A healthy blend of reality mixed in with your optimism is also important when setting goals. Though facial exercise may not drastically reverse the signs of aging, Czech (whose famous clients include Jennifer Aniston, Christy Turlington and Cate Blanchett) points out that “encouraging blood flow through rigorous facial movements can combat some signs of gravity and possibly slow down certain visual effects of the aging process…however, dedication and discipline are required.”

Face Toning Tools

Many moms are eager to fight the inevitable downward shift in facial features like the cheeks and jawline caused by aging, without the help of injectables. That makes the many props, gadgets, and gizmos promoted on social media for at-home use that much more desirable. “By providing a natural, non-invasive alternative to tweakments, FaceGym founder and creative director Inge Theron suggests certain face toning tools “can boost circulation in the tissue…and deliver visible results and lasting benefits for both the skin and muscles.”

The tricky part is that all face toning tools are not created equally, and it’s hard for untrained consumers to tell what works and what doesn’t. Tools with the highest potential for efficacy are “designed specifically to work on different areas of the face” advises Theron, and the results will be visible over time. “Just like you won’t get a six-pack from doing three sit ups, “it’s the same with your face. The more you do, you’ll start to build muscle memory and that’s when you’ll see the strongest, long-lasting results.” Any apparatus that offers legitimate “muscle stimulation” with consistent use, Theron claims, can also prove effective for “reducing facial tension and releasing blockages in the muscles which will also help to sculpt and lift the face.”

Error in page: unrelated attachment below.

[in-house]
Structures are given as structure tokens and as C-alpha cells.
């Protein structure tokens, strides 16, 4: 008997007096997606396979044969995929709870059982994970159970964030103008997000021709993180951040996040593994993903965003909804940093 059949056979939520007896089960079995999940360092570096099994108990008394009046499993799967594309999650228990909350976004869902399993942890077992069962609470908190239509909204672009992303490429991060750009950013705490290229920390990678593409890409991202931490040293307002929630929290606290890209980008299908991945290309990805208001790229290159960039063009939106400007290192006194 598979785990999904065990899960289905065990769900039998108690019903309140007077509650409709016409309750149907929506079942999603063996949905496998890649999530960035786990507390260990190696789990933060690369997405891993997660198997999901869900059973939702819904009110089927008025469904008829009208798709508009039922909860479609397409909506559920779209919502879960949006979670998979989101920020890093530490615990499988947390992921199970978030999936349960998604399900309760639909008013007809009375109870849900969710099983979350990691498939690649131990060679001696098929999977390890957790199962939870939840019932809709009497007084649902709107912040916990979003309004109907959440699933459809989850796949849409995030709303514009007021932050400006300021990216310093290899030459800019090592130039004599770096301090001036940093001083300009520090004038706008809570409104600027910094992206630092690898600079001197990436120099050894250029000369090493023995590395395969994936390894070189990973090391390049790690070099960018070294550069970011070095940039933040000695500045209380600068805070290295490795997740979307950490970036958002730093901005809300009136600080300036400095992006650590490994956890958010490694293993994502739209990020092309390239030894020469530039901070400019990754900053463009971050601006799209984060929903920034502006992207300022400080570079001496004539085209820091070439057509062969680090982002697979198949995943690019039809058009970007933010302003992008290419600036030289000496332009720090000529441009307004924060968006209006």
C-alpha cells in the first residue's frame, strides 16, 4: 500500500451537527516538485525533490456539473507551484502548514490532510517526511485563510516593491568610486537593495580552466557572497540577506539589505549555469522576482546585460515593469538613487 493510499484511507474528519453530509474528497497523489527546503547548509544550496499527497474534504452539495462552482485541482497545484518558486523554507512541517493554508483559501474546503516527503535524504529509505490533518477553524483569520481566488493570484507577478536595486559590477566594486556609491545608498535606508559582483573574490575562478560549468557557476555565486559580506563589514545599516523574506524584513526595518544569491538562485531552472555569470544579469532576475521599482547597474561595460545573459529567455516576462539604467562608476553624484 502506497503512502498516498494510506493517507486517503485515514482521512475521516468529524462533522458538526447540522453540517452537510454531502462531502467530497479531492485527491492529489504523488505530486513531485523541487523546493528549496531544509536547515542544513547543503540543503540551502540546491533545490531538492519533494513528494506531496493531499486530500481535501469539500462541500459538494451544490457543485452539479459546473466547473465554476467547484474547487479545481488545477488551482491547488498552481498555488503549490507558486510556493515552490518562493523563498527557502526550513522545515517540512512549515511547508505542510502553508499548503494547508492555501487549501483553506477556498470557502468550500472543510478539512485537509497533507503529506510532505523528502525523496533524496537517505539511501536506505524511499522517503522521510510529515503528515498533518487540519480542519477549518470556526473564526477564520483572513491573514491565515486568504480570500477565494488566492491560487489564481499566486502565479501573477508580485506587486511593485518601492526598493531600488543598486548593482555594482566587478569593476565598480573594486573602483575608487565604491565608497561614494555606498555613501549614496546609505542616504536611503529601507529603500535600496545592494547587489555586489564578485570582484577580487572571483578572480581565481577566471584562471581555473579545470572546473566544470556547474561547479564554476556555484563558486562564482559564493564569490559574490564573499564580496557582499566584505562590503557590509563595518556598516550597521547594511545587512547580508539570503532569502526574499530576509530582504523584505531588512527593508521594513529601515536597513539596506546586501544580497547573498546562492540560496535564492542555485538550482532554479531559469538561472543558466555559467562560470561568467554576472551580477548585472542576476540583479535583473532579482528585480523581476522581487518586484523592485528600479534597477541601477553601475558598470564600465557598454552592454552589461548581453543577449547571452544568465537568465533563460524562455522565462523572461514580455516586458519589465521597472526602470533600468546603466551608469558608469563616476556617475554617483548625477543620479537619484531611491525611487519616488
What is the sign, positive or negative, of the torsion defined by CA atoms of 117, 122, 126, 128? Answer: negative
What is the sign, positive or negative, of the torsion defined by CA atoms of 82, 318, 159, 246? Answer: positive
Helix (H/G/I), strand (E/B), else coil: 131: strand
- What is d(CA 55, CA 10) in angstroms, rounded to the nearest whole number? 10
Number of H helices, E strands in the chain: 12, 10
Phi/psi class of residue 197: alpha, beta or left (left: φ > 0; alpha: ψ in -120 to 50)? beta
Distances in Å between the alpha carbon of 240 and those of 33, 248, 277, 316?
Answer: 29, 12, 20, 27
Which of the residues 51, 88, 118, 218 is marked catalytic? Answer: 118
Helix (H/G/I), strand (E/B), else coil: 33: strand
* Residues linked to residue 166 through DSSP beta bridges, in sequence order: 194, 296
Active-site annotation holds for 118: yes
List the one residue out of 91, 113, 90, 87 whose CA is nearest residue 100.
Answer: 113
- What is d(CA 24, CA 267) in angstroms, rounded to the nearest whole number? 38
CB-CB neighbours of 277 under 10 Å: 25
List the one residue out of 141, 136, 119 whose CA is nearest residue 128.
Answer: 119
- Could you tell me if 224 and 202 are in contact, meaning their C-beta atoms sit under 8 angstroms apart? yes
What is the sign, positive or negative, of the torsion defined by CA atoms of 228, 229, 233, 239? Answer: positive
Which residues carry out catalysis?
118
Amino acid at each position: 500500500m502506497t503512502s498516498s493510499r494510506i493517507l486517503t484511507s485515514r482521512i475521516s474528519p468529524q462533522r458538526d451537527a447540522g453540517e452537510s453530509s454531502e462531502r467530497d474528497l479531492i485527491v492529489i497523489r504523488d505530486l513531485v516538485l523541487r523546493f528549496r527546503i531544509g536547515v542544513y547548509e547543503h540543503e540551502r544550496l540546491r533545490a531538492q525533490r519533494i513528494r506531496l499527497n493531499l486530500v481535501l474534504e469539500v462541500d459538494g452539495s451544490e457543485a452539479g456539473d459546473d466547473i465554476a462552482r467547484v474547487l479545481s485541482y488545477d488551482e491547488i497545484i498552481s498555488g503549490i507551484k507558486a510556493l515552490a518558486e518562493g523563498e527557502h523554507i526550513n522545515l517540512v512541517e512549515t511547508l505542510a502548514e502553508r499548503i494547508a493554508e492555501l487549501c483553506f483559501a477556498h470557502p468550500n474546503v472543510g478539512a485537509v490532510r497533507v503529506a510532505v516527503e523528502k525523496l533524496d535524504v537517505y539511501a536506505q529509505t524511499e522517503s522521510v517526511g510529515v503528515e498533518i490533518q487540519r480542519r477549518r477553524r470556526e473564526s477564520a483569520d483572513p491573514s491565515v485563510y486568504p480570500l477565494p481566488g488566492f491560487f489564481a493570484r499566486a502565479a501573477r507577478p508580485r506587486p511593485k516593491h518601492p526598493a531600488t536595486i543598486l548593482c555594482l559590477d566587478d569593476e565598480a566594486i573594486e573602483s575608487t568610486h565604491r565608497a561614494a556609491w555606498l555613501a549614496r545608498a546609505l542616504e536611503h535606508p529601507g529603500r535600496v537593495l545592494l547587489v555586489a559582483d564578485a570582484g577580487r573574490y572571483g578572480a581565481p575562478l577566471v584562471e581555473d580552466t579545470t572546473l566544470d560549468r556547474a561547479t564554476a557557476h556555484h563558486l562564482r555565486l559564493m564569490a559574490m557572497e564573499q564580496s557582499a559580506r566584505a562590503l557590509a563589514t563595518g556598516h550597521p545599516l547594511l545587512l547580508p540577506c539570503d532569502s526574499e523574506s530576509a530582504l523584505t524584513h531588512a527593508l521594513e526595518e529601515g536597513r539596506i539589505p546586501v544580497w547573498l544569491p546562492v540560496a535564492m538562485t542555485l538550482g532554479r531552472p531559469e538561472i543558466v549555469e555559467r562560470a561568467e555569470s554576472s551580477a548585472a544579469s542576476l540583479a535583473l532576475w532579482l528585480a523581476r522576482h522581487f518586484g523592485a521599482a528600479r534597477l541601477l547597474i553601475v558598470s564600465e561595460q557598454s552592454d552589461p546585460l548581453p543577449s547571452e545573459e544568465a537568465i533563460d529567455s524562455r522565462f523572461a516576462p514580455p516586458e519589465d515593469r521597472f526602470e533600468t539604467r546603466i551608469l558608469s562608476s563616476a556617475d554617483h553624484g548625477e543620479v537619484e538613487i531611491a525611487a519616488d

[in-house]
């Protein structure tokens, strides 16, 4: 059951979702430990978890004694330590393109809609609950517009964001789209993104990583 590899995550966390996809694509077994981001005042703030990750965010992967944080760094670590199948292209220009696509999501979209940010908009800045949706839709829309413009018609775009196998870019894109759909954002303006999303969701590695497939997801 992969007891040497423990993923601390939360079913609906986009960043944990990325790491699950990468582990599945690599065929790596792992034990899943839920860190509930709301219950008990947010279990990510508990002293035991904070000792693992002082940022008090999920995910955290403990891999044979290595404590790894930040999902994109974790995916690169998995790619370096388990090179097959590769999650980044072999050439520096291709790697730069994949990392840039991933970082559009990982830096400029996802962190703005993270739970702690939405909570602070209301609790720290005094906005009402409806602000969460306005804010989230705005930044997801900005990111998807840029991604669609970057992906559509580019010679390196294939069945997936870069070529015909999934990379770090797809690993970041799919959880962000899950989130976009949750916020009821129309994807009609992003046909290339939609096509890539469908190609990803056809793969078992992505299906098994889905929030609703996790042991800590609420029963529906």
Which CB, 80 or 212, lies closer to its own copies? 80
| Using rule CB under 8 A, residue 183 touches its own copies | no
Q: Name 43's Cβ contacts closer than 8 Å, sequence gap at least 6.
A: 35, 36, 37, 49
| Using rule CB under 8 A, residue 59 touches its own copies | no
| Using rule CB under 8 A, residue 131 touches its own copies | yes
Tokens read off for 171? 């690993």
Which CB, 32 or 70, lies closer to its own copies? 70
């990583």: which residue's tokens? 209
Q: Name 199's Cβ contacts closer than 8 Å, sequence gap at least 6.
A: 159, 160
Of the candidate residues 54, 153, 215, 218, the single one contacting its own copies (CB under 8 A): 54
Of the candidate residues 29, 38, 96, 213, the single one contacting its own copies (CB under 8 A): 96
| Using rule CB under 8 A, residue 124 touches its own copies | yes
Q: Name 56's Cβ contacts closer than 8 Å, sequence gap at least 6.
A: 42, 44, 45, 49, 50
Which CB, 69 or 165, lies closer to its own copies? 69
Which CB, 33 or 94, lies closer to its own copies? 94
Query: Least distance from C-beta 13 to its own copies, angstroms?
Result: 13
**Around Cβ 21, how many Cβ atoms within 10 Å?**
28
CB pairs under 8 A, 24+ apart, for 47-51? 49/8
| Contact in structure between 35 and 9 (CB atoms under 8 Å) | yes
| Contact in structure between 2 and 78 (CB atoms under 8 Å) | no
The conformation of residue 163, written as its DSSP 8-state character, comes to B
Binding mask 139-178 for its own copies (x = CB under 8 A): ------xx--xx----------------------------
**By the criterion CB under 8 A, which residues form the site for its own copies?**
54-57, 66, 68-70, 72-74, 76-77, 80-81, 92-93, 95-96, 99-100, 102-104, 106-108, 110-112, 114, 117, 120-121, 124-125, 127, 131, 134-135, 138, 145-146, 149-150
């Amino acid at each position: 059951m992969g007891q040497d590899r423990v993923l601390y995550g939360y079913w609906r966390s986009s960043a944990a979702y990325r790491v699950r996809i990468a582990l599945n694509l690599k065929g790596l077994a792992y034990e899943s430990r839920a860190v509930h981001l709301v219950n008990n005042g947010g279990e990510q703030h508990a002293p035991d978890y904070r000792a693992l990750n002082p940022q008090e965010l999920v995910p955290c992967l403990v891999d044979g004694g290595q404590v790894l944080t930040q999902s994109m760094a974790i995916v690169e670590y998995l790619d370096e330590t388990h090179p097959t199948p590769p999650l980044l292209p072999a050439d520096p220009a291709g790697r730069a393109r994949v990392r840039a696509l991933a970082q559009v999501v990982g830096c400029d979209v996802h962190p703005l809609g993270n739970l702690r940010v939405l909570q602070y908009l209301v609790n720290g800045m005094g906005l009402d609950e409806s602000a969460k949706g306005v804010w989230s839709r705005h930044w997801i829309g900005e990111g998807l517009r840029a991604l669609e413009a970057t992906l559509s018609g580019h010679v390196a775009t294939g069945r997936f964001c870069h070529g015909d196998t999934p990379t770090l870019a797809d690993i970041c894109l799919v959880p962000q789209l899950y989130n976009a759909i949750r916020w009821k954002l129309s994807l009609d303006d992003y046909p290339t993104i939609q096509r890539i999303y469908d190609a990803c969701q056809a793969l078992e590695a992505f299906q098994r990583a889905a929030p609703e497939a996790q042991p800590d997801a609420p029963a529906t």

But the bottom line is, the products and services that are most likely beneficial for your body and beauty goals are not flooding your feeds on social media. Neither the price tag nor the popularity of the influencers paid to plug them makes these magical sounding purchases more realistic in terms of results. Furthermore, despite the number of tasks moms can get checked off their to-do list in 15 minutes, most credentialed fitness and beauty experts would argue that sculpting perfect body parts and facial features are not among them. Skip the quick fixes and spare yourself disappointment and the wasted money.

Nicole Young is a broadcaster, writer and food and beverage entrepreneur.

A respected voice of authority in the lifestyle space, Nicole hosts and produces tv news segments and writes engaging articles covering food, beauty, wellness and style for outlets including: The Morning Blend, The PIX11 Morning News, HuffPost and Reader's digest.

An experienced and passionate recipe developer, Nicole believes wholeheartedly in “treating our bodies to nothing but the best” and is regularly commissioned by consumer brands to help bridge the gap between a healthy living and moderate indulgence. The NYC native resides downtown Manhattan with her husband and young son and enjoys photographing the city sites while taking long strolls with her family.